Experience the samurai spirit first-hand with original swords and armour at the recently opened Samurai Museum.

Honour before life. That’s the motto you leave with after taking a walk through the incredible Samurai Museum that opened at the end of September in Shinjuku’s Kabuki-cho district. Our ever-curious reporter Mr Sato took a trip here recently and shared the experience with us, saying it’s a must-see spot for foreigners and locals alike.

▼ With the large signs and traditional armour out the front, it’s easy to spot the entrance to the new Samurai Museum.


Once you take your shoes off to step inside, you’re greeted by half a dozen suits of samurai armour. The best thing about these displays is that they’re presented outside of glass cases which really draws you into the feudal world of centuries past.



▼ Having once adorned the bodies of real samurai, it’s tantalising to imagine what these garments have seen.


Without the distance and reflections you would normally encounter with displays behind glass, it’s easy to see the details on each of the different kabuto helmets.





One of the highlights was this piece of armour, which has actual bullet-hole marks. According to museum staff, this suit was used as a test of strength against matchlock bullets. We wonder which poor soul drew the short straw to be the guinea pig in that scenario!


The soul of the samurai feels ever-present here, with the dimly lit interior adding to the mystery of the collection.


On the second floor, there are five separate rooms, each featuring a different theme. Here you’ll find swords and weaponry once used by the samurai.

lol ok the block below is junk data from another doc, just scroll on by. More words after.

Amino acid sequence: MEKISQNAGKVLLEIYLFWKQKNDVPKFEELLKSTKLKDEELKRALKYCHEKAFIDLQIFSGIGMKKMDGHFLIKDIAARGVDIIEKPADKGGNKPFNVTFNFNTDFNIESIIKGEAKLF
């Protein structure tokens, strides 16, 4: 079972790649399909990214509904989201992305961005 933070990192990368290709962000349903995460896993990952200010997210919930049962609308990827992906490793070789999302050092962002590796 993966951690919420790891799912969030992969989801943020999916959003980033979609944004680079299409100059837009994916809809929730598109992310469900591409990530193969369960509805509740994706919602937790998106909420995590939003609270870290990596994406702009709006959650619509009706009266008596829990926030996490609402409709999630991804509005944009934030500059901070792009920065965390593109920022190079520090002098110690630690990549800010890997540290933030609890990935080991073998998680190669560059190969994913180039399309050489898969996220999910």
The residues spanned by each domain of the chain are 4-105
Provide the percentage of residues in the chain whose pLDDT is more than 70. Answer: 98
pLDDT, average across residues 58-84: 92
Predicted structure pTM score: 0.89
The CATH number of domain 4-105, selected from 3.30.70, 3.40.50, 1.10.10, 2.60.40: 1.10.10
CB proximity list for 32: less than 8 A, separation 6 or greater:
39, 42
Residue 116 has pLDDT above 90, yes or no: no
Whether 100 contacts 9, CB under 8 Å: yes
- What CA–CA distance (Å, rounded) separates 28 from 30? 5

Alongside the katana sword, the bow and arrow also played a vital role, bot in warfare and in the development of the samurai spirit.


There’s even a display that introduces you to the history of Sakamoto Ryoma (1836–1867), one of Japan’s most famous and influential samurai, who was known for wearing Western boots with his Japanese clothing.


▼ Some of the more precious helmets here are, however, kept behind protective glass.


There’s also a room dedicated to displaying the matchlock, which was used by the samurai class and their foot soldiers during warfare after the technology was introduced to Japan.



Ashigaru, foot soldiers, who used the matchlock wore a distinctive type of conical hat called a jingasa, which was made of lacquered iron or leather.


After looking at all the artefacts in the 70-piece collection, visitors are able to try on a costume of their choice for 500 yen (US$4.10). Mr Sato, always looking to find the fun in any situation, went for a humorous look by pairing an elaborate kabuki helmet with his everyday clothes. We think you’ll agree, he looks fabulous.


The museum also offers a number of other experiences for visitors, including samurai calligraphy lessons, photo shoots in full armour, and sword battle performances. For more information, be sure to visit their English website.

Museum Information
Samurai Museum/サムライミュージアム
Address: Tokyo-to, Shinjuku-ku, Kabukicho 2-25-6
Open: 10:30 a.m. – 9:00 p.m. (last entry 8:30 p.m.)
Admission: Adults 1,500 yen (US$12.25); children under 12 years 750 yen; free for children under 3 years

All photos © RocketNews24
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